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    Here is a video that shows how cnc threading works. It accomplishes the same end result as the spindle being geared to the Z feed but does it electronically. Spindle speed variances have no effect.

    Can't get a worse spindle speed stability than this video ! (by the way, it would track the other way if he turned the spindle backwards once and a while)

    https://www.youtube.com/watch?v=fWFxPgcpgSg

  5. #15
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    Quote Originally Posted by Sparky_NY View Post
    Its far more simple than you think. There is a encoder driven by the spindle. The carriage feed is calibrated by way of the ballscrew pitch and the encoder on the servo motor for the z axis. The "computer" simply syncronizes the 2 signals. You have enough electronics knowledge that it would be a walk in the park. The mechanics of mounting the servos and encoder is actually the difficult part.

    VFD does not matter, if the speed varies any the computer just adjusts the feed instantaneously to compensate.
    I'm sure you right. The speeds are not that high. I was thinking over/undershoot errors+corrections could be greater with LinuxCNC but maybe not depending on the setup+latency+etc.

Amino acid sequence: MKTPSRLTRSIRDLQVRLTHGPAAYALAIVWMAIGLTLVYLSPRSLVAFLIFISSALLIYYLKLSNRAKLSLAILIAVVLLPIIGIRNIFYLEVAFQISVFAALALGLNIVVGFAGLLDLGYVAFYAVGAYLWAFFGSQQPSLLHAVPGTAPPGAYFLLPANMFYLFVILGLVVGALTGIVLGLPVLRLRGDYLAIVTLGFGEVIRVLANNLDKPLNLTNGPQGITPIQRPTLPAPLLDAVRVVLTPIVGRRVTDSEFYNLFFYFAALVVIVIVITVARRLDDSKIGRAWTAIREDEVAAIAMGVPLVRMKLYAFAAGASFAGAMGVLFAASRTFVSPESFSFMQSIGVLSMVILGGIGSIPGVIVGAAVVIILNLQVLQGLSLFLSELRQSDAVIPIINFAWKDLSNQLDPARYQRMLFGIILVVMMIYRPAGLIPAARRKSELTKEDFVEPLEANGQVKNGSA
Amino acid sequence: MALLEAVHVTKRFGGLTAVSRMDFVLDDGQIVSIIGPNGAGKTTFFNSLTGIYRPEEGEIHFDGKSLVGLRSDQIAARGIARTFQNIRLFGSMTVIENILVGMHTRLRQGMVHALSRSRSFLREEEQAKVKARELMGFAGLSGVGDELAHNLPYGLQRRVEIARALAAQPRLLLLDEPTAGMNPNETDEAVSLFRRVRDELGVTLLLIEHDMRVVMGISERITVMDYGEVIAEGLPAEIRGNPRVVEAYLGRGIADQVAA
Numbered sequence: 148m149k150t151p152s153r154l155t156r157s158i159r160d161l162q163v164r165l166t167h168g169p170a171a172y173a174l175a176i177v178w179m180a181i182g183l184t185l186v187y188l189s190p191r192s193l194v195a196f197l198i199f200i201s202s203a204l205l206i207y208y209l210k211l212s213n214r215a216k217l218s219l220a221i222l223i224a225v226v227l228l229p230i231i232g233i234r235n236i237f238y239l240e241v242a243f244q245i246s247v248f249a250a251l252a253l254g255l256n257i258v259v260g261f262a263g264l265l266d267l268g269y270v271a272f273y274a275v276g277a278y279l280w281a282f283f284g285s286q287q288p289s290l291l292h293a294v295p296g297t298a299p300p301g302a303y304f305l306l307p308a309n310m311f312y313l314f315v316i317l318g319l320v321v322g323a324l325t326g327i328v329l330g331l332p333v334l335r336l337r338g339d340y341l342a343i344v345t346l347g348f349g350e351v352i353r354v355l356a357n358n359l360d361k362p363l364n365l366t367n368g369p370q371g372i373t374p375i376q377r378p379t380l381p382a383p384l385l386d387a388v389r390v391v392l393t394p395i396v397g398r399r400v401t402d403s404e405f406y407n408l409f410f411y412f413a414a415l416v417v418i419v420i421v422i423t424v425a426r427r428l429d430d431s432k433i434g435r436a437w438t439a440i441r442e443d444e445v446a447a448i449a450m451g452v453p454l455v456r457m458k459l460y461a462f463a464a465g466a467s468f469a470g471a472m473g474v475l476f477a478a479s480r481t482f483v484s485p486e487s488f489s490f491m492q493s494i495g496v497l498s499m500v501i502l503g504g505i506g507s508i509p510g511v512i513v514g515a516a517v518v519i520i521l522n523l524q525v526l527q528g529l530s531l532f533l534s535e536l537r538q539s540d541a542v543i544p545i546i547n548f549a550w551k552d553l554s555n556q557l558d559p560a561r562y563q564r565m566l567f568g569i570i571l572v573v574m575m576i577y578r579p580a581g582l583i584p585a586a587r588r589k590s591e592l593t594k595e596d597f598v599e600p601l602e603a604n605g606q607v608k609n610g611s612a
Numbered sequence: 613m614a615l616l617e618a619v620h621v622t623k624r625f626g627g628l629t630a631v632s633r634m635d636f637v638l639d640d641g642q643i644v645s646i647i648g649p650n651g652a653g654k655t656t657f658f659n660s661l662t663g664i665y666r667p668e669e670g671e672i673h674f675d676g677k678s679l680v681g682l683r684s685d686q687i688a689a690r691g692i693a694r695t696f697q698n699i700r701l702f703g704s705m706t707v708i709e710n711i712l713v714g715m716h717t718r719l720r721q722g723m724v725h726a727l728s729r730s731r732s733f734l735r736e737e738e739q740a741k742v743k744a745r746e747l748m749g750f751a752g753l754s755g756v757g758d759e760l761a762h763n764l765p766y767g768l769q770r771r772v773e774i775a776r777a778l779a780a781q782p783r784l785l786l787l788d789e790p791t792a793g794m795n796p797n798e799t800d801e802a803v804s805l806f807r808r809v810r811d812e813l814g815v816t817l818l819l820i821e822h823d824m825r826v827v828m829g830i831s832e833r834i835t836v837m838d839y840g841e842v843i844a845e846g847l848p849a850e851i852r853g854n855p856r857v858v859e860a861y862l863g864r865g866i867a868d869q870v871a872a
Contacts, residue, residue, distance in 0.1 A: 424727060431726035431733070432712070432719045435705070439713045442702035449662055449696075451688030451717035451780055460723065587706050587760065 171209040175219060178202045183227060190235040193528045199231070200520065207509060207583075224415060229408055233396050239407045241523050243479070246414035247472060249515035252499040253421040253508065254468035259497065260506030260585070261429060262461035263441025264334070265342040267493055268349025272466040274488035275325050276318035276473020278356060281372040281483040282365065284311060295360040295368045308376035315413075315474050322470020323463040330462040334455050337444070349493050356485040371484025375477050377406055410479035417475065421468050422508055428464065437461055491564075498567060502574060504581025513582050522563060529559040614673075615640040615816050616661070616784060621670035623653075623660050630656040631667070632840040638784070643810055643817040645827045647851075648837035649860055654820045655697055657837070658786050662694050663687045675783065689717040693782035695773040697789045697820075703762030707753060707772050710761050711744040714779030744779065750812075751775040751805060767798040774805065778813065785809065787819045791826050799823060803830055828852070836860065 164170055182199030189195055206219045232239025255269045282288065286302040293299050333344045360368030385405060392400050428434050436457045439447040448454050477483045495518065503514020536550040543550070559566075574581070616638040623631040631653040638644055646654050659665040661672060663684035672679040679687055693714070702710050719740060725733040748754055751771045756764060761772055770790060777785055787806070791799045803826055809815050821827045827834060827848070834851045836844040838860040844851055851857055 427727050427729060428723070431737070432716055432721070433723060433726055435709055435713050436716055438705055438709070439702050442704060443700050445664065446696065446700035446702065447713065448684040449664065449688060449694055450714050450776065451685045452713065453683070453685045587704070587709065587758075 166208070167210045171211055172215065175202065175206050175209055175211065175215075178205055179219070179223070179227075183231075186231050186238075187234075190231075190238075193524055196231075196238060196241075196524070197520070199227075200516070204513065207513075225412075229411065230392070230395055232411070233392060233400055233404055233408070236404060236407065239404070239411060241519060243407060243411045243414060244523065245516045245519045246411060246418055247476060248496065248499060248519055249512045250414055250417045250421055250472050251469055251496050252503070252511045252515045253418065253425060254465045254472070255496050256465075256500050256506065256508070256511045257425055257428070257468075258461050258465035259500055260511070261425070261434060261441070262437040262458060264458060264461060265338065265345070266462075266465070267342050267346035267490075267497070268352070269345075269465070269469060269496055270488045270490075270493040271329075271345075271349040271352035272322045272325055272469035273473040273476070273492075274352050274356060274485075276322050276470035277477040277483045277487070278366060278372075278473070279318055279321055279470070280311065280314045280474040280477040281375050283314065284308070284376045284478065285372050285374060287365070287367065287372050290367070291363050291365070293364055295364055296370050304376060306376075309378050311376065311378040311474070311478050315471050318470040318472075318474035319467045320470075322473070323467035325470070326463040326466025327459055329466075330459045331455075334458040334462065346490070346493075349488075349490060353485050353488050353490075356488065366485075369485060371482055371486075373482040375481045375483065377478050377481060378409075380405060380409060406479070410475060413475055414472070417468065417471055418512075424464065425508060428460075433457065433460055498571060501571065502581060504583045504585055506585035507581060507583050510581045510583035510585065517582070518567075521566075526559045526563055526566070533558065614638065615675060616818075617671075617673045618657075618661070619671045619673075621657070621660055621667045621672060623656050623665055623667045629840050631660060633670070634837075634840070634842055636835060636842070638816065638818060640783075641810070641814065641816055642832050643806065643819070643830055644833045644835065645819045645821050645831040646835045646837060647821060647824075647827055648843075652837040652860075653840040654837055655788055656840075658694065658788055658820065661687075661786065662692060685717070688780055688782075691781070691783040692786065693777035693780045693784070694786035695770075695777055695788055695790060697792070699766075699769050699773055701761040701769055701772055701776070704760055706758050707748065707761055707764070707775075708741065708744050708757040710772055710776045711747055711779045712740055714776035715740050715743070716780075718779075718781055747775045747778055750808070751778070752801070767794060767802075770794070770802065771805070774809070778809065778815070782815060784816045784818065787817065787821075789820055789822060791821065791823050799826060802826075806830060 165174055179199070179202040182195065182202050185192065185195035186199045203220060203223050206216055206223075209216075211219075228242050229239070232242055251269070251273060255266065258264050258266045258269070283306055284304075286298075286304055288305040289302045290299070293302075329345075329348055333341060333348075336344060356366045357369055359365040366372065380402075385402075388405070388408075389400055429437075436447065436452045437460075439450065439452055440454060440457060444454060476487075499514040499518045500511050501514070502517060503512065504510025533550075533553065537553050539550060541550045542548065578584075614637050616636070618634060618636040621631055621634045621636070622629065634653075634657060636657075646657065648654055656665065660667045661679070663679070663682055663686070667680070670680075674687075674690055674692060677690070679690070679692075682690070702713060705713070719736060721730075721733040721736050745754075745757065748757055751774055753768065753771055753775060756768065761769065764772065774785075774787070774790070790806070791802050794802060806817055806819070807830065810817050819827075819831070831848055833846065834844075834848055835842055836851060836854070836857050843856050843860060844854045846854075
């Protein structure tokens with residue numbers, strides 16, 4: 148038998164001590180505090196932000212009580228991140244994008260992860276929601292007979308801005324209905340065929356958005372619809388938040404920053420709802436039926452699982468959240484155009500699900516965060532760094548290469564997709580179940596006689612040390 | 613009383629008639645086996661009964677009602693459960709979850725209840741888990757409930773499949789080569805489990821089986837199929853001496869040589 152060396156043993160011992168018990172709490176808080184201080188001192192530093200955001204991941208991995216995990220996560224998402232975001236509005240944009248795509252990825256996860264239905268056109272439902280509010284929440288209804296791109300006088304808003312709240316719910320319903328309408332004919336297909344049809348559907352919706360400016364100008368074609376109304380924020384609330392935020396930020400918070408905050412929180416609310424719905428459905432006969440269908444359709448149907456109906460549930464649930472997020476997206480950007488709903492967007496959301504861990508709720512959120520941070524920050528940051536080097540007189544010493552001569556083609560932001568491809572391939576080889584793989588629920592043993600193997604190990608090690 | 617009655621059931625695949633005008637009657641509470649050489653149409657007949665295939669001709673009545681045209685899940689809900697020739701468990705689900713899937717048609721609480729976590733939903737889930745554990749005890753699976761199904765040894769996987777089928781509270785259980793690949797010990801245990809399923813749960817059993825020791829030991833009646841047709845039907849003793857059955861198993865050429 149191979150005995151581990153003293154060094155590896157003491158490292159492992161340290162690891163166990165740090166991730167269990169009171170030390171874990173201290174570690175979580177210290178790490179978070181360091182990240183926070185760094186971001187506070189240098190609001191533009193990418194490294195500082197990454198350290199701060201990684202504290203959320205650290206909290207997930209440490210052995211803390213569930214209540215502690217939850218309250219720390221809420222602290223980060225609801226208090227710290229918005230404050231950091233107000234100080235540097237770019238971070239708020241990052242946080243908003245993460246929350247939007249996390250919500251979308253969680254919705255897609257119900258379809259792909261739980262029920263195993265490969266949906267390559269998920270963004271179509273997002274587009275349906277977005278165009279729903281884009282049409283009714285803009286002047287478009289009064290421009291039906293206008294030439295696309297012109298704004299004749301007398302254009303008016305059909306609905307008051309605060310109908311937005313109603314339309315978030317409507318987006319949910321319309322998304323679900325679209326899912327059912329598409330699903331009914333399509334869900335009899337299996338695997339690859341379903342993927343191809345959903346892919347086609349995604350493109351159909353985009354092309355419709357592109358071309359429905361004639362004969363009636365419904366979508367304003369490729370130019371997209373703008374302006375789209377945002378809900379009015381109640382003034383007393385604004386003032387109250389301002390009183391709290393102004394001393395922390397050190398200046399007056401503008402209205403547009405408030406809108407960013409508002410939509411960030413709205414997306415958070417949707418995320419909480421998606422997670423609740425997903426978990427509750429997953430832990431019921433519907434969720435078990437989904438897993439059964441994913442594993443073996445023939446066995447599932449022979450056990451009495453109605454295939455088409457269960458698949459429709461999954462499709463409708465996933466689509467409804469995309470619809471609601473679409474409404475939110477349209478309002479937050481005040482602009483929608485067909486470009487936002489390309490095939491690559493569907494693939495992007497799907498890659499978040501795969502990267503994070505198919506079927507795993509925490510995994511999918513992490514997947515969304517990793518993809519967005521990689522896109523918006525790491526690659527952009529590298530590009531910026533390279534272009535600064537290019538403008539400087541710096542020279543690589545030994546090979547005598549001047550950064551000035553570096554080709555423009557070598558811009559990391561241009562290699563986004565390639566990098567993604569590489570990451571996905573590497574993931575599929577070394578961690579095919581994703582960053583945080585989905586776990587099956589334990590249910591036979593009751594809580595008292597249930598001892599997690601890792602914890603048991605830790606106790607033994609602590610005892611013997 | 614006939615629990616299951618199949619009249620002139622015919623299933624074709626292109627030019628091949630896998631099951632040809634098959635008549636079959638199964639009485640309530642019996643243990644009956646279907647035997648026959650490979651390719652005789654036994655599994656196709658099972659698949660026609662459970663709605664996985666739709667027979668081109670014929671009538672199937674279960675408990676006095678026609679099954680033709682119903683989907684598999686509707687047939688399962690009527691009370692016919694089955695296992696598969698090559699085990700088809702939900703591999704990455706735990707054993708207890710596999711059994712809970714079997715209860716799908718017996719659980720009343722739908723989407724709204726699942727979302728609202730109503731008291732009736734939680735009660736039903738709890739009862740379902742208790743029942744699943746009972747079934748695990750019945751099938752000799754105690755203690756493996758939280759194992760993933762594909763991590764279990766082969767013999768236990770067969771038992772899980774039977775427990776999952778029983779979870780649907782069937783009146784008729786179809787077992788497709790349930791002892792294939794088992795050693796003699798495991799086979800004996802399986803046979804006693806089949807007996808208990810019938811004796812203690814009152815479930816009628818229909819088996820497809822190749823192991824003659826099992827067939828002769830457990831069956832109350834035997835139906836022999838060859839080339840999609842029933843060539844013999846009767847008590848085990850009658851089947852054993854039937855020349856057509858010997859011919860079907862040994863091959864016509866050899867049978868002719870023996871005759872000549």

Work hard play hard

  6. #16
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    Quote Originally Posted by 3 Phase Lightbulb View Post
    I'm sure you right. The speeds are not that high. I was thinking over/undershoot errors+corrections could be greater with LinuxCNC but maybe not depending on the setup+latency+etc.
    In the electronic realm the speeds are slow. Actual threading in not necessarily slow, its common to thread at 1000/2000 rpms. Its scary to see it thread at those speeds, especially up close to a shoulder !

  7. #17
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    Yes I was talking a male thread, work already to size, 5 /16 x18 an inch long I had said.
    Just curious partly or mostly because to some people it seems to be a task they deem difficult or they prefer to avoid.
    Of course it depends on your lathe and skill a lot.